Why No Roses?
Valentine’s Day is fast approaching and it’s the biggest day of the year for flower sales across the country. I know that you’ve always been told to buy roses on Valentine’s Day. Roses are supposed to say “I love you. I want you. I need you.” You think you would be perceived as a bad Valentine if you didn’t send a big bouquet of red roses. Right? WRONG.
What’s So Bad About Roses?
Approximately ninety percent of the flowers given on Valentine’s Day are imported, and nearly all of those imports originate in Colombia and Ecuador. As you can imagine, there are all kinds of issues that come with shipping flowers across the world. First, there is large environment footprint created by shipping flowers from thousands of miles away. Fossil fuels are burned in transport and in trying to keep flowers cold so that they don’t die before they the get to their end destination. Next, there are the lax environmental and employment standards in many of the countries where the flowers are being shipped from. This makes it easy for companies to exploit the land and their workers for the largest financial gain. Since flowers are perishable, many companies will douse their flowers, especially roses, with chemical preservatives to help them stay fresh until they reach you.
Buy Local Instead
But don’t despair. There is an alternative that I think you’ll like. Buying locally grown flowers is better for the environment because locally grown flowers only travel a short distance (in the case of Local Color Flowers, less than 125 miles from home) to get to you. This means, there is a minimum amount of fossil fuel used for transport and holding. Local flowers are truly a better, fresher product. Many flowers shipped to the US have been out of water for over a week when they arrive at your florist or grocery store. Local flowers have usually been picked within a day or two of when you purchase them, allowing for a much longer vase life. Besides getting an amazing product, locally grown flowers gives you an opportunity to support farmers in your community. It’s a lot more fun buying from a farmer you know than a generic grocery store chain.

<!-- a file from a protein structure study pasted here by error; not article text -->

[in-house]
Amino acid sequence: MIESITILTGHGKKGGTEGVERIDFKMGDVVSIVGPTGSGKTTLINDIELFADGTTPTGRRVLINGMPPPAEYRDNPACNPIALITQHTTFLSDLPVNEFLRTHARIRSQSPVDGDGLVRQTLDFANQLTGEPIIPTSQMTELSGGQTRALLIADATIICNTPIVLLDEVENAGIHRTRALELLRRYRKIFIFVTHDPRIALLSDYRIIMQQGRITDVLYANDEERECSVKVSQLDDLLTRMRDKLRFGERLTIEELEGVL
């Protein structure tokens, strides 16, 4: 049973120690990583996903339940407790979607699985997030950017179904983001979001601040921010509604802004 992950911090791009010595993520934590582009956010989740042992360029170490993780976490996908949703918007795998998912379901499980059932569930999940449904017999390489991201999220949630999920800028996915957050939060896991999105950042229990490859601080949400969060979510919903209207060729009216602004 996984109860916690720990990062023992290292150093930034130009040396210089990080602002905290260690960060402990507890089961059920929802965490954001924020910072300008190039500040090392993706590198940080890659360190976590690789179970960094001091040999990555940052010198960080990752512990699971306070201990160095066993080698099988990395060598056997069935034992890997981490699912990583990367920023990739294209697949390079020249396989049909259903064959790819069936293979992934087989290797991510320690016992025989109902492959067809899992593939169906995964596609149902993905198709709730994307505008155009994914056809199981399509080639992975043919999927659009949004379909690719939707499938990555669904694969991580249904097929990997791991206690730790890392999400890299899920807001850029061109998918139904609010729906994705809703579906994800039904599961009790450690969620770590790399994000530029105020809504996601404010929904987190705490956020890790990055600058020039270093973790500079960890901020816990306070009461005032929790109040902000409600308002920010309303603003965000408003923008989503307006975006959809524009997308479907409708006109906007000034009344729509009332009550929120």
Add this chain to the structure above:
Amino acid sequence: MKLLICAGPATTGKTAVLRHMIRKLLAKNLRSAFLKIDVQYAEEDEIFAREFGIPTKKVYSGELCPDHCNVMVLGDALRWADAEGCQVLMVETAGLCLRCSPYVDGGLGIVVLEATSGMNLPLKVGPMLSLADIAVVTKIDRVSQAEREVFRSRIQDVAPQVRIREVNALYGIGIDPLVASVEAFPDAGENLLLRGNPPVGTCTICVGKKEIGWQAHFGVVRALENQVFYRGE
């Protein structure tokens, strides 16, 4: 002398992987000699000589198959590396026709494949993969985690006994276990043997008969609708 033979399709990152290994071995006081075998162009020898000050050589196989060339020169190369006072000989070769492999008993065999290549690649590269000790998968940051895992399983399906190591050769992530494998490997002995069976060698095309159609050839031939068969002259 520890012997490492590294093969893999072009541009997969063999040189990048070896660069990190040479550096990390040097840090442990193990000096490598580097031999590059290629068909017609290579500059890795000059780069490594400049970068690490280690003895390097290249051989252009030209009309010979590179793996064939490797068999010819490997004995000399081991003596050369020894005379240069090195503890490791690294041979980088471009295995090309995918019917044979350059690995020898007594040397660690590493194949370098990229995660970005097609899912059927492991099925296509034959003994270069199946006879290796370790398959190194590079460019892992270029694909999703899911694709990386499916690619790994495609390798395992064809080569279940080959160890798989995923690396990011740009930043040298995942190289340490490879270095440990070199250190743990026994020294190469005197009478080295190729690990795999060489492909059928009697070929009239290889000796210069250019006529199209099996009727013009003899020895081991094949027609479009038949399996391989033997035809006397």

So if not roses, then what? In the mid-Atlantic region we’re so lucky to have dozens of flower farmers within an hour’s drive. Many grow in the winter allowing us to have some of the most beautiful options for Valentine’s Day including tulips, paperwhites, snapdragons, stock, anemones, all kinds of flowering branches including quince, peach, forsythia, witchhazel and crabapple. We’ve also got amazing “sticks” including pussy willow, curly willow, fantail willow, red twig dogwood, harry lauder’s walking stick and more. Finally, we’ve got a huge selection of foliage including several types of magnolia, boxwood, evergreens and succulents. Not sure what these flowers look like? Check out our guide to local flowers by the month they are available (in the mid-Atlantic region).
Where to Buy
If you want to buy local this Valentine’s Day, there are lots of options. If you’re in the Baltimore region, you can contact Local Color Flowers. If you’re in DC, you can check out the new local florist Little Acre Flowers . If you’re not close by, search out locally grown flowers at places like Whole Foods and Trader Joes. You an always ask your local florist if they have any locally grown cut flowers. If they don’t, let them know that locally grown is important to you and see if they’ll start sourcing some of their flowers locally. Finally, although it’s not going to be ready for this V-day, a new resource is on the horizon. Slowflowers.com will be an online directory that will allow you to search for a florist in your hometown, across the country, that uses locally grown flowers.
This Valentine’s Day, choose locally grown cut flowers! You’ll be happy you did!
Ellen is the founder and owner of Local Color Flowers, a Baltimore, Maryland-based floral design business that creates personalized arrangements and bouquets from fresh, seasonal, and sustainable flowers cultivated by local specialty growers.
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- Sorry, I Am NOT Giving My Spouse Roses on Valentine’s Day - February 6, 2014